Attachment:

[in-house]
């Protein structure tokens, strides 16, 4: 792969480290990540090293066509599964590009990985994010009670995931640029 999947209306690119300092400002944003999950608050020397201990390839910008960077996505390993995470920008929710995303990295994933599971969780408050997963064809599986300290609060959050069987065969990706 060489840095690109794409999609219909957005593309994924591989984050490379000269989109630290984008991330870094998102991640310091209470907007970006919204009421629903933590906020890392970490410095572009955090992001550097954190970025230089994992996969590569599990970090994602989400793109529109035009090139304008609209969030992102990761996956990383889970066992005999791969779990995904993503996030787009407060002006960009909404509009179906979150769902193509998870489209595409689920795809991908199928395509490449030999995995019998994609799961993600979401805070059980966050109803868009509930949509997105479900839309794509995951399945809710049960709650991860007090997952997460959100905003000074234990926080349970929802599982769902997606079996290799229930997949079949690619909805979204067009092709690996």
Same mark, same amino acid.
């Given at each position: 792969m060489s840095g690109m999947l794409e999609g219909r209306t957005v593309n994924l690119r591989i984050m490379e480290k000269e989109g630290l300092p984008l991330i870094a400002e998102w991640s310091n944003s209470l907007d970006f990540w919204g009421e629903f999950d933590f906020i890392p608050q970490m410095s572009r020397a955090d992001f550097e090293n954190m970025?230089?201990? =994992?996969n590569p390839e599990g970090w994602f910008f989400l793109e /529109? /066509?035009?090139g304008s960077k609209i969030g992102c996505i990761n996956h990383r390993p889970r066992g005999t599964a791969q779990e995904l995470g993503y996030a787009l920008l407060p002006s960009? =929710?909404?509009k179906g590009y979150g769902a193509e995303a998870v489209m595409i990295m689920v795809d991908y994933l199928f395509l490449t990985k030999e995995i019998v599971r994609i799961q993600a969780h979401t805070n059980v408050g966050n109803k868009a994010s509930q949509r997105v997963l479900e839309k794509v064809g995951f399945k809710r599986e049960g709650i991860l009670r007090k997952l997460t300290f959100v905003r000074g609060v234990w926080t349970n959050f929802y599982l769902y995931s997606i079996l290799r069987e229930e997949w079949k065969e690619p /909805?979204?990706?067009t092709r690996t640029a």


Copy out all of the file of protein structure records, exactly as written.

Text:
[in-house]
């Protein structure tokens, strides 16, 4: 792969480290990540090293066509599964590009990985994010009670995931640029 999947209306690119300092400002944003999950608050020397201990390839910008960077996505390993995470920008929710995303990295994933599971969780408050997963064809599986300290609060959050069987065969990706 060489840095690109794409999609219909957005593309994924591989984050490379000269989109630290984008991330870094998102991640310091209470907007970006919204009421629903933590906020890392970490410095572009955090992001550097954190970025230089994992996969590569599990970090994602989400793109529109035009090139304008609209969030992102990761996956990383889970066992005999791969779990995904993503996030787009407060002006960009909404509009179906979150769902193509998870489209595409689920795809991908199928395509490449030999995995019998994609799961993600979401805070059980966050109803868009509930949509997105479900839309794509995951399945809710049960709650991860007090997952997460959100905003000074234990926080349970929802599982769902997606079996290799229930997949079949690619909805979204067009092709690996």
Same mark, same amino acid.
């Given at each position: 792969m060489s840095g690109m999947l794409e999609g219909r209306t957005v593309n994924l690119r591989i984050m490379e480290k000269e989109g630290l300092p984008l991330i870094a400002e998102w991640s310091n944003s209470l907007d970006f990540w919204g009421e629903f999950d933590f906020i890392p608050q970490m410095s572009r020397a955090d992001f550097e090293n954190m970025?230089?201990? =994992?996969n590569p390839e599990g970090w994602f910008f989400l793109e /529109? /066509?035009?090139g304008s960077k609209i969030g992102c996505i990761n996956h990383r390993p889970r066992g005999t599964a791969q779990e995904l995470g993503y996030a787009l920008l407060p002006s960009? =929710?909404?509009k179906g590009y979150g769902a193509e995303a998870v489209m595409i990295m689920v795809d991908y994933l199928f395509l490449t990985k030999e995995i019998v599971r994609i799961q993600a969780h979401t805070n059980v408050g966050n109803k868009a994010s509930q949509r997105v997963l479900e839309k794509v064809g995951f399945k809710r599986e049960g709650i991860l009670r007090k997952l997460t300290f959100v905003r000074g609060v234990w926080t349970n959050f929802y599982l769902y995931s997606i079996l290799r069987e229930e997949w079949k065969e690619p /909805?979204?990706?067009t092709r690996t640029a």